Seattle is frequently rapped as a town that can't get anything done. "What's wrong with our political culture?" folks ask. "Just build it," people cry.
COUNTDOWN TO ELECTION 2004
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But are we really so dysfunctional? Perhaps there is wisdom in our willingness to embrace change cautiously, and to stop some messes before they begin. Couldn't it be that our tradition of skepticism is what has helped our city maintain its livability, despite massive growth and change?
We like to think of metropolitan Seattle as a fount of entrepreneurial spirit and innovation. But we also like comfort, appreciate nature, and take our own time. We've long been slow to embrace "innovations," many of which have proved so disastrous elsewhere. We've resisted Los Angeles–style sprawl, we've rejected massive, East Coast–style urban-renewal projects that leveled neighborhoods, we've reined in development that could have made our shores resemble Miami's, and we've capped the city's skyline to avoid Manhattanization.
Yet we've made progress, adding most of the amenities big cities have. We've built roads, rail, bridges, a monorail, trolley lines, a ferry system, canals, cities, suburbs, parks, even a few skyscrapers. We've also fended off high-density growth, improved most neighborhoods, saved historic districts. The trick has been finding a balance between preserving quality of life while embracing changes that enhance it. Indeed, a major reason the Seattle area is as livable as it is today is because we have always been willing to say "no" until a case is proven.
Our reluctance to change has paid off. We prevented Pioneer Square from being turned into a highway cloverleaf. We saved the Pike Place Market from urban renewal. We kept express highways out of the Arboretum, Ravenna, and South Lake Union. We stopped the Interstate 90 expansion until planners mitigated the damage and disruption to Leschi, the Central Area, and Mercer Island. We've protected greenbelts, farmlands, and open space. We've been loath to give blank checks to massive rail and road projects, or to regional entities that would oversee them.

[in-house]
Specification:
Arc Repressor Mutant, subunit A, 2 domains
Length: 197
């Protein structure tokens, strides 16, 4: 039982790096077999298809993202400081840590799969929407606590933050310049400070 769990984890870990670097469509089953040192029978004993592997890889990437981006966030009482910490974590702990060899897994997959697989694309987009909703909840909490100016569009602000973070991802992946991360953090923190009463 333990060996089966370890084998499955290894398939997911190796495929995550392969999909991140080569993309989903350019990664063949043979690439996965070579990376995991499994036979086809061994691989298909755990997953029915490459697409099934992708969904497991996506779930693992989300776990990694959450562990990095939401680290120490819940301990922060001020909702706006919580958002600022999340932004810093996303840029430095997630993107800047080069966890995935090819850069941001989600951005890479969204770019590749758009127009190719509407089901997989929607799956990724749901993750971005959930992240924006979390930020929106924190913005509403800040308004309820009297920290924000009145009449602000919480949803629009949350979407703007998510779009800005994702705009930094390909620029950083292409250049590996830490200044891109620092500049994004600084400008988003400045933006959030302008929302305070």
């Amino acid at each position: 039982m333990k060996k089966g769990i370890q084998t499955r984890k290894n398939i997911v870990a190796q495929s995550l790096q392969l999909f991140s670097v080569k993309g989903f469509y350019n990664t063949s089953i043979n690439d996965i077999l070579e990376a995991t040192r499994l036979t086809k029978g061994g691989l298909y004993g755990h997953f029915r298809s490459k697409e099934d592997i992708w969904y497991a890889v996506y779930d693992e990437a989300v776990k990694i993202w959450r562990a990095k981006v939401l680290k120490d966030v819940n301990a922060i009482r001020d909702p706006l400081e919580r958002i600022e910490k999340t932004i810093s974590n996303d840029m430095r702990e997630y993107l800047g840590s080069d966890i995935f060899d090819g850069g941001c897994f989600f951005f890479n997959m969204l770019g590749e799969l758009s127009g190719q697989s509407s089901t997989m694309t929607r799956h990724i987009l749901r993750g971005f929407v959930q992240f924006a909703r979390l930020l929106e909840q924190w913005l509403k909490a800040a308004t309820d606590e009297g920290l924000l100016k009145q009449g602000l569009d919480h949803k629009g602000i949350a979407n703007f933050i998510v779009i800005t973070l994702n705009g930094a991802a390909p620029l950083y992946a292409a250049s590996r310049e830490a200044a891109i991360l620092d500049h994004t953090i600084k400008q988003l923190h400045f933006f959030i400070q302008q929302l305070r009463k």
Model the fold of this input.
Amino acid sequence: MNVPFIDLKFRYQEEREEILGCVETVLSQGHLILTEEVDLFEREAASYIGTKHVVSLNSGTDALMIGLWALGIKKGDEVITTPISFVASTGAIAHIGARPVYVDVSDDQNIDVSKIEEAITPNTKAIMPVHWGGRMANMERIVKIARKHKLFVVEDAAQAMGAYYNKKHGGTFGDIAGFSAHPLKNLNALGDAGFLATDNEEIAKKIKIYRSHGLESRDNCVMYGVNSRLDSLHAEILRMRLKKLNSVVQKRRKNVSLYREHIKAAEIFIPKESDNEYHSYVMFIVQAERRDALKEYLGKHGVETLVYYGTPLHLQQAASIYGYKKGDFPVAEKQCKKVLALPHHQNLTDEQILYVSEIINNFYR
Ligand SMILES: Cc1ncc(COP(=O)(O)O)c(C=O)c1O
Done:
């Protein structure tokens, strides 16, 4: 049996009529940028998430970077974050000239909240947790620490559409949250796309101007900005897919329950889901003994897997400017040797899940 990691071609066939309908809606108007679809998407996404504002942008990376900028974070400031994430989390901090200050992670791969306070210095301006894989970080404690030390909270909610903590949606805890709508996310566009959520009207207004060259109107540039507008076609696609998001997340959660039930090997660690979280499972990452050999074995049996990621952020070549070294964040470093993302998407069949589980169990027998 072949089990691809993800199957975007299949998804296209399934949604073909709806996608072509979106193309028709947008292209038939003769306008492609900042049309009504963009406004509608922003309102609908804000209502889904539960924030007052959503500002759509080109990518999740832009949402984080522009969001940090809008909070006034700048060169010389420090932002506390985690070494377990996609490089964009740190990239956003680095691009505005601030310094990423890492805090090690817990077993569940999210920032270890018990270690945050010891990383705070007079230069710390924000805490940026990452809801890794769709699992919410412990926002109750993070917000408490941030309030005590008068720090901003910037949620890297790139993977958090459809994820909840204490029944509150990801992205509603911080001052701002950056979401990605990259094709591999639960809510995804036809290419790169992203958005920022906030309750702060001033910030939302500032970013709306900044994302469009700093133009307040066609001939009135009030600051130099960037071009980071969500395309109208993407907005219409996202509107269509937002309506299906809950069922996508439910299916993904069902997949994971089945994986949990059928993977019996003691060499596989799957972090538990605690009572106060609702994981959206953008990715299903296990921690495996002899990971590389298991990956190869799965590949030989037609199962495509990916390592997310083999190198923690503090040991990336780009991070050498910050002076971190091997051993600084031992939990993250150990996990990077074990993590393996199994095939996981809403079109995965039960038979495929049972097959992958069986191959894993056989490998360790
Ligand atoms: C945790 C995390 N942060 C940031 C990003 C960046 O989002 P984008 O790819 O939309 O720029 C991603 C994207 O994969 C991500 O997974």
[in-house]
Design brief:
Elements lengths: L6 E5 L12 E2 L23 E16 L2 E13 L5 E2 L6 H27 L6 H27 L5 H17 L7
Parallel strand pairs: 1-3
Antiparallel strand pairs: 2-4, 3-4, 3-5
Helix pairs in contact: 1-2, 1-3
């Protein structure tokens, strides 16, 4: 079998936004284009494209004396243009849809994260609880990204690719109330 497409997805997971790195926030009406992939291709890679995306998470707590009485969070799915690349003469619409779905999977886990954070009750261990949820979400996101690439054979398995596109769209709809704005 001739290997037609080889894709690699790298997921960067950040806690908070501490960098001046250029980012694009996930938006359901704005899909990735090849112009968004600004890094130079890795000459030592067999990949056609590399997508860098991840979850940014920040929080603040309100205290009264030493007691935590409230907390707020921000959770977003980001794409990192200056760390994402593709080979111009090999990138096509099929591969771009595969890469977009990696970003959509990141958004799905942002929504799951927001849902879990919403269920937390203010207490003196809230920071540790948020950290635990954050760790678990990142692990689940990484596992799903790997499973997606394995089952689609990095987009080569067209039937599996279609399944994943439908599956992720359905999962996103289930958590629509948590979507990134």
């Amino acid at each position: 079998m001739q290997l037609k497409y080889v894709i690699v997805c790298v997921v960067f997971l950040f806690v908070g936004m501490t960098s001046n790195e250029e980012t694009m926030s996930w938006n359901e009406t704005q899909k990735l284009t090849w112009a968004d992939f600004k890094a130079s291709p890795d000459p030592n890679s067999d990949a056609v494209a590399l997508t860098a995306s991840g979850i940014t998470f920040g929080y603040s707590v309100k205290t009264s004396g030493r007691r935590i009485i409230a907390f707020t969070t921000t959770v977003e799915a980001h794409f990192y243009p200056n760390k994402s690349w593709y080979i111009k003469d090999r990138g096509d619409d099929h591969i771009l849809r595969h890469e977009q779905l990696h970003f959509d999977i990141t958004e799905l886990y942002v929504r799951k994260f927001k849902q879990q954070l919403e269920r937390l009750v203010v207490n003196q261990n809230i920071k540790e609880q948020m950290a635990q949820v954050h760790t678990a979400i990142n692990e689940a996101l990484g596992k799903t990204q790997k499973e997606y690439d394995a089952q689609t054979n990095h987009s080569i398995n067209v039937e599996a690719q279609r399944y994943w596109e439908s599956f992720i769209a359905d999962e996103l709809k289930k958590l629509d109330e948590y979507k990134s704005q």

Saying no—at council meetings and at the ballot box—isn't an exception to the way we do things here, it is a vital part of how we do things. The builders, dreamers, and developers run up trial balloons; we pop them until they come up with a better idea. Despite our "world class" hype, we're incrementalists, not bold, blue-sky dreamers.
This is especially true in transportation. In 1920, we rejected a major highway construction bond. In 1937, the voters said: Don't rip up the trolley rails for buses. In 1952, we rejected a regional transit authority. In 1958, 1962, 1968, and 1970, voters turned down Metro and mass transit plans. In 1971, we halted I-90 until a better plan was worked out. In 1972, we finally approved Metro, but deep-sixed the R.H. Thomsen and Bay freeways that would have ravaged some of the city's best neighborhoods. The Regional Transit Authority was defeated in 1995 before a scaled-back version passed in 1996 and gave us Sound Transit. We've exhibited a steady skepticism on the subject of transportation taxes, especially those used to fund mega-projects or -packages.
Despite all the "nos," we still moved forward, even as our region has remained somewhat balkanized from a planning standpoint: Interstate 5 through Seattle was built and so were the floating bridges; diesel and electric buses replaced trolley tracks. We built the original Seattle Center monorail and the Alaskan Way Viaduct, laid express and HOV lanes, bought hybrid buses, beefed up Interstate 405, redeveloped Westlake, and built the bus tunnel, and light rail is on the way. It's not like all those "no" votes brought us to a standstill, but they helped focus policymakers—sometimes ham-handedly—and created opportunities for us to sort out hype and innovation. They acted as a check on foolishness.
The Seattle voters' approval of the new monorail project has been a classic case of tiptoeing toward change. The city first voted for a general concept, then voted to develop a plan, then approved a way to finance and build a plan. Now, via Initiative 83, we get to reconsider the project before getting stuck paying for something that might not work as advertised. Populism started the project; populism might halt it.
This approach is partly a response to what in retrospect seems like the foolishness of approving Sound Transit, which ran into massive cost overruns only a few years after it was created—but after bonds were sold, so it was too late to pull the plug. Going the slow route on the monorail seemed like the way to avoid the mistake of saying "yes" to too much too quickly.
Despite our general friendliness toward taxes and public investment, we've never been a blank-check city. The public has often asserted its right to stick its nose into its own business, despite the disapproval of professional politicians and special interests. We've rarely been afraid to defy the engineers and policy wonks, the bureaucrats, the private contractors, and the civic boosters who have their hands in our pockets.
Progress won't stop if the so-called Monorail Recall passes. Possibly, the Green Line itself won't be stopped. But it would be a wake-up call to again consider the best use of our tax money and civic resources given what's already under way. We can also think about whether we really want to live in the dense, urbanized, redeveloped city the monorail builders imagine—indeed, the city we must live in for the monorail system to work as something more than a model railroader's expensive choo-choo.
In an odd twist, the best "no" vote this time is registered by voting "yes" on I-83, proving that sometimes "yes" does means "no," just as sometimes making progress means stopping it in its tracks.